Monday, August 13, 2012

Of How Many Does a French Canadian Family Consist?

The following item appeared in the Brunswick (Maine) Telegraph, May 28, 1875, page two.

Of how many does a French Canadian Family Consist?
A few facts will furnish a reply. There is a family at work in the cotton mill, which consists of a father and mother and twenty-four children, all the children large enough being at work. The woman is the fourth wife; a brother of the husband living with his fifth wife in Montreal, has twenty-five children. Three families arrived here last week to go to work in the mill and they numbered all told 37 persons. A lady friend of ours a few days since met a Frenchwoman, who, looking at the babe in the carriage said to our friend, “I have got fifteen of those.” The only possible reply of the lady with the one babe was, “Oh Lordie!” Ten and twelve and fifteen children are by no means uncommon in the French Canadian families, but twenty-four are a little above average.
My great-grandfather was one of 23 children by two wives. Another great-grandfather was one of 17, all born to the same woman. As astonishing at this seems by modern standards we might bear in mind that family size is conventional. There is no normal family size and customs vary.

The Ouellettes And Their Twelve Children
The picture on the right shows my great-great-grandparents Thomas Ouellette and Josephine (Racine), seated in the center, with their adult children in 1909. These are not their children accompanied by their spouses. All of these people are their children. One of the children, Thomas Ouellette fils, is not in the picture since this photo was taken in Maine and he had returned to live in his native Québec by this point. Another child seems to have died before this photo was taken. I can confirm that Josephine bore at least 14 children and there may have been others about whom I don’t yet know. (My great-grandmother Albina Ouellette Vermette, b. Roxton Falls, QC, 1868 is seated at the far right.)

I am often asked why they had such large families. The usual assumption is that the children were required to serve as the labor force on the family farm. This may have been one reason for the custom of large families, particularly in the earlier days when land needed to be cleared and more hands meant more axes chopping down more trees.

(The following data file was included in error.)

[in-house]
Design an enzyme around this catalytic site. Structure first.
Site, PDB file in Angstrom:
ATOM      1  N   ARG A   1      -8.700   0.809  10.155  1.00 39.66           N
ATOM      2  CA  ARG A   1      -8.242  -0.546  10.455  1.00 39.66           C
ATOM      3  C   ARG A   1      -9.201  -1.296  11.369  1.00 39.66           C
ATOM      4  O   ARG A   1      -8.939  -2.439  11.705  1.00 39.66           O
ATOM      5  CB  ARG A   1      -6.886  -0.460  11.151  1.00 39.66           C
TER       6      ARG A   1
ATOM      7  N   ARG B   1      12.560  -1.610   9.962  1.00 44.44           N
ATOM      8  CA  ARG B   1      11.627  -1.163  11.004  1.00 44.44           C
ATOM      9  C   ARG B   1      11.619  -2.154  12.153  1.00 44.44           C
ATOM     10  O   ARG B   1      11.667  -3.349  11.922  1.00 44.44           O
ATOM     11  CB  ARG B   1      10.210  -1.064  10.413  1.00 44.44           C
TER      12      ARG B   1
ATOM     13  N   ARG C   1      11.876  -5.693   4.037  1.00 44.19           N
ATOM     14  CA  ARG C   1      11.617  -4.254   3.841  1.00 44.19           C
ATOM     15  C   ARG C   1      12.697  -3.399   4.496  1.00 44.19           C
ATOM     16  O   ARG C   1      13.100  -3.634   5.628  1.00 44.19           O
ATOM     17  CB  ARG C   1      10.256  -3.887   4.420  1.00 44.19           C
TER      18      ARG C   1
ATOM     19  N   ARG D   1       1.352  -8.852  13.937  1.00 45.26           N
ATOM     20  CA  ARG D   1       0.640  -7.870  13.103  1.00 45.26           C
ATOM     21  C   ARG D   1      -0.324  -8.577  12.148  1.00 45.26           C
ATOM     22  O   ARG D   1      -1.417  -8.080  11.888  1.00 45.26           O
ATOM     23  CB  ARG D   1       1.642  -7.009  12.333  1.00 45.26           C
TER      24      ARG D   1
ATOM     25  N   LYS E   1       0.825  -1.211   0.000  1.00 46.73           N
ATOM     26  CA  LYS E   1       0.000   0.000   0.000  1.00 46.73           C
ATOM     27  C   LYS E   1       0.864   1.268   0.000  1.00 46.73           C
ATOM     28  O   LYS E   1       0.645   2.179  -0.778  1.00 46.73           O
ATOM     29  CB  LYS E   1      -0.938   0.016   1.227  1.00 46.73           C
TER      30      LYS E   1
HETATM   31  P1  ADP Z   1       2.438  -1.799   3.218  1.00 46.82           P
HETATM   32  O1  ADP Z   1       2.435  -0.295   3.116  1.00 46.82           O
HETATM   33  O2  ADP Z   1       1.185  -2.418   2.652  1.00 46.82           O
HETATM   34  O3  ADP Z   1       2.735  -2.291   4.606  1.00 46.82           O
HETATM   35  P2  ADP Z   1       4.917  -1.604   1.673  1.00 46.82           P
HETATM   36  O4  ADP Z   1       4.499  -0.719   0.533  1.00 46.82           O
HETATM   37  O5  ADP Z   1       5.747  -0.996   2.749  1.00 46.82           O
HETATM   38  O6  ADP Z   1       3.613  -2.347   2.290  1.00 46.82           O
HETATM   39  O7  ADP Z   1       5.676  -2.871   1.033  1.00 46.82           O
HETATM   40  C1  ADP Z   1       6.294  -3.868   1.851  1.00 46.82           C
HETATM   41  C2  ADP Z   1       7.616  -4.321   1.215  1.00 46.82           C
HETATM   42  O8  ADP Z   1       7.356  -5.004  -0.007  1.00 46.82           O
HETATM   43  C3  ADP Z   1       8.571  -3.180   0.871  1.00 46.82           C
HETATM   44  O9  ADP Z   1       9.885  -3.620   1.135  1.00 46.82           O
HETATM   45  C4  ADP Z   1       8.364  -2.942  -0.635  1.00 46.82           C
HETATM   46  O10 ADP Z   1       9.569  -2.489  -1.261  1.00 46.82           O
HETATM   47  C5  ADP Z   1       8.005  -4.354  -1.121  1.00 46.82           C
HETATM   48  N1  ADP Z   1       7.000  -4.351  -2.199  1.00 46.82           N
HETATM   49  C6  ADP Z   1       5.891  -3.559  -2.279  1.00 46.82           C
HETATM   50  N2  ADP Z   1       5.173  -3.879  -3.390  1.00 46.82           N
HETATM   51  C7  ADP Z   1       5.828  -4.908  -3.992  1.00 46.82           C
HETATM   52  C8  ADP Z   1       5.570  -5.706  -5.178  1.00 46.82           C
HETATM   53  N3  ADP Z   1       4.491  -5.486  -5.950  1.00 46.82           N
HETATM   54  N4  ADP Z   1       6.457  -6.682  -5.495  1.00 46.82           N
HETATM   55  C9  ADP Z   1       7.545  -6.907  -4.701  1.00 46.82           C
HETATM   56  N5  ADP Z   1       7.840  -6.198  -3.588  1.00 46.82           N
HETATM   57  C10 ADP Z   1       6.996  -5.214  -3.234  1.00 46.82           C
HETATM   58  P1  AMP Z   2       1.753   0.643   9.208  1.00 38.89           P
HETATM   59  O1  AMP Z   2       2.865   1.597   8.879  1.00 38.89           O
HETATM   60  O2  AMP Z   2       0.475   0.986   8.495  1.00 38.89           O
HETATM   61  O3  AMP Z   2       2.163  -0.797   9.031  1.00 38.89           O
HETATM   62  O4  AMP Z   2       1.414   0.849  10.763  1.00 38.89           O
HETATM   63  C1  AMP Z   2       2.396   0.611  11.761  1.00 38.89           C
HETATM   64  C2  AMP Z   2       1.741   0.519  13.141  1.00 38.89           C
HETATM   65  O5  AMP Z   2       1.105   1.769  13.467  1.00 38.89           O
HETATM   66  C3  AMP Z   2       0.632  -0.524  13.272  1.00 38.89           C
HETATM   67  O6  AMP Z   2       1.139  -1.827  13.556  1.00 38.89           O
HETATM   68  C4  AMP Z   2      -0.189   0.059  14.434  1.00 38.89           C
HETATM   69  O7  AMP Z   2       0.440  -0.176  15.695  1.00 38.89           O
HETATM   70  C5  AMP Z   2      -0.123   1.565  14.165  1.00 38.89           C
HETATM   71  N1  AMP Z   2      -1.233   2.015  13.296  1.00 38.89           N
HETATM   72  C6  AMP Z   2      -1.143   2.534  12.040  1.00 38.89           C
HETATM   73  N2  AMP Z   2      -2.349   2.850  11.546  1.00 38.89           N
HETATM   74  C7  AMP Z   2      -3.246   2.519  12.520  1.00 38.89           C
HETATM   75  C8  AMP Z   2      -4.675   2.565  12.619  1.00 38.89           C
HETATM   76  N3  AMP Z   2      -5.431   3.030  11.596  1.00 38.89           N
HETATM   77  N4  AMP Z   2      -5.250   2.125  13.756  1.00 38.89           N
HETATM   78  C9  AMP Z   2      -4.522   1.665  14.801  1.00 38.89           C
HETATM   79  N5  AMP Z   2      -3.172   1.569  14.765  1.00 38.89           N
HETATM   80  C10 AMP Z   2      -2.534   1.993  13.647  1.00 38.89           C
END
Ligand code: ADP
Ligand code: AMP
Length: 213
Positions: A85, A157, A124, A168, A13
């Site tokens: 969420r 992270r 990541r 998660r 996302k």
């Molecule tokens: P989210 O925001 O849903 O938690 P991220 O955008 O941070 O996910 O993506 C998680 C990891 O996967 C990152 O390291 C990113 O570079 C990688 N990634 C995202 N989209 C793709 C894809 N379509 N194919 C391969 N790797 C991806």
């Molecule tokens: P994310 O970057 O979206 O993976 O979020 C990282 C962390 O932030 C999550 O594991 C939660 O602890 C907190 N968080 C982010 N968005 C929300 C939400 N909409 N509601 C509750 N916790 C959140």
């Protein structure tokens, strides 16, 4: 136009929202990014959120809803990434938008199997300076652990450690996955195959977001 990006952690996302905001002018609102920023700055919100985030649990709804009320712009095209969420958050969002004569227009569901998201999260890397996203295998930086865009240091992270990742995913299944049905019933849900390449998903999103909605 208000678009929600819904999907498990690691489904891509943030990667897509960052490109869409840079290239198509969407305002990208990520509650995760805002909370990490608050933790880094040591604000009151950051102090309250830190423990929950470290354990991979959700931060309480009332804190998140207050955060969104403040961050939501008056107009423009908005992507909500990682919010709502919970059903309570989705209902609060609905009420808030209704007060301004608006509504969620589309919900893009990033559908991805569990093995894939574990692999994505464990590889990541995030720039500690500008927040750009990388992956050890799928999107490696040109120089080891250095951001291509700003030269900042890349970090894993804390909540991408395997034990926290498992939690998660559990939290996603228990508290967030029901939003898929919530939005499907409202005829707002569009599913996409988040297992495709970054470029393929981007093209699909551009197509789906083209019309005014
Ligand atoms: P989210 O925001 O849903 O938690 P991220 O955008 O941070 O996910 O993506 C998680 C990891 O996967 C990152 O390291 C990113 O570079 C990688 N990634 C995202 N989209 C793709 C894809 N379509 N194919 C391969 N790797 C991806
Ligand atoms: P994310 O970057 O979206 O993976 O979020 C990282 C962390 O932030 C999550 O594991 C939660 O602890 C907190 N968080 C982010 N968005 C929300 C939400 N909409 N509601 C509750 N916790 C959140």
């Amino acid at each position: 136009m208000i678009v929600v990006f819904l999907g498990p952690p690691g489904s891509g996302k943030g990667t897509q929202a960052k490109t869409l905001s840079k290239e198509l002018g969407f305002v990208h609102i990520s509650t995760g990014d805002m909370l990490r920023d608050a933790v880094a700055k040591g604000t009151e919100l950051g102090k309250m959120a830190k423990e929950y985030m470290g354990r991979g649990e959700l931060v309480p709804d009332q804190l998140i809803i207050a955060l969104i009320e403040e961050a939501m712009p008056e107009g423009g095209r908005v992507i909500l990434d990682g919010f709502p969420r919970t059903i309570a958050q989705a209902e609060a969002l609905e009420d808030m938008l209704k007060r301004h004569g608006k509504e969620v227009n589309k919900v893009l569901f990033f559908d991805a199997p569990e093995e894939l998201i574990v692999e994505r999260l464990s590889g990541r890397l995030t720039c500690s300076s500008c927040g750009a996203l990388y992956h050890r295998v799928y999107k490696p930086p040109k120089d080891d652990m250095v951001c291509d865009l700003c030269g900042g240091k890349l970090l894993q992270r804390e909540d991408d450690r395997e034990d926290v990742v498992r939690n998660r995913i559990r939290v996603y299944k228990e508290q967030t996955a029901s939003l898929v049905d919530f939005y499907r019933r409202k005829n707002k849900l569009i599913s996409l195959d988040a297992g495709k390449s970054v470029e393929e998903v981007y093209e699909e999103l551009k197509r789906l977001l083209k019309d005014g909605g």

Another reason for the large families was political and involved what was known as la revanche des berceauxthe revenge of the cradles. The idea was that the Francophones would retake Canada from their English conquerors by out-reproducing them. I’ve heard some stories of priests in the confessional asking fathers (mothers seem to have had little say in the matter) why they were not producing more children.

The revenge of the cradle backfired. The rapid population growth outstripped the economic/agricultural development required to support it. This strategy, intended to bring about demographic dominance, led to the departure of a large percentage of the population. Historians will continue to debate the point but it seems to me that the flight from Québec in the later 19th and early 20th centuries, both to the States and to other Canadian Provinces, was the result of an underdeveloped economy.

Given the economic and personal risk, the emotional toll, as well as the social sanctions against making such a move, it seems unlikely that the rural poor would have left la belle province in such numbers unless they were under duress. Many families auctioned off all they had to finance their trip to the States. That’s a risky, desperation move.

Another reason for large families is that children were a farmer’s retirement plan, his and his wife’s Social Security. Life expectancy was considered to be about 65 years for those who survived childhood. In order to enjoy a few years of retirement after a long life of hard work on the farm, it was necessary to produce a son who could inherit the property and support the habitant and his wife in their old age. This son would need to be grown, established, and able to take over his father’s farm by the time his parents reached about 55 to 60 years of age.

About a third of the children born alive did not make it to adulthood. If a couple’s first children were girls, they had to keep reproducing in order to have a son ready to inherit at a suitable age. Since there was a one-in-three chance that any son produced would die in childhood, the couple’s insurance policy, at least up until a certain point in life, was to keep reproducing as long as they were able.

These practical reasons were probably not uppermost in the minds of the parents of these families, however. Once the custom of large families was established it persisted by the inertia characteristic of traditional societies. It was accepted and normal in their world that a woman would be pregnant most of the time between ages 20 and 40. 

Although large families continued to be a custom in the Québec Diaspora in New England, the birth rate began to drop slowly when these families moved into an industrial economy. In these New England Franco-American families, the “revenge of the cradle” factor and the motive related to the traditional socio-agricultural system lost their relevance. The Franco-Americans may have been influenced also by the relatively smaller family sizes of their Yankee neighbors. That said, large families persisted in many Franco-American communities well into the 20th century. The birth rate in Québec did not decline until about 1960.

1 comment:

  1. I would think that the birth rate in Quebec today is lower than it is among Franco Americans living in the U.S.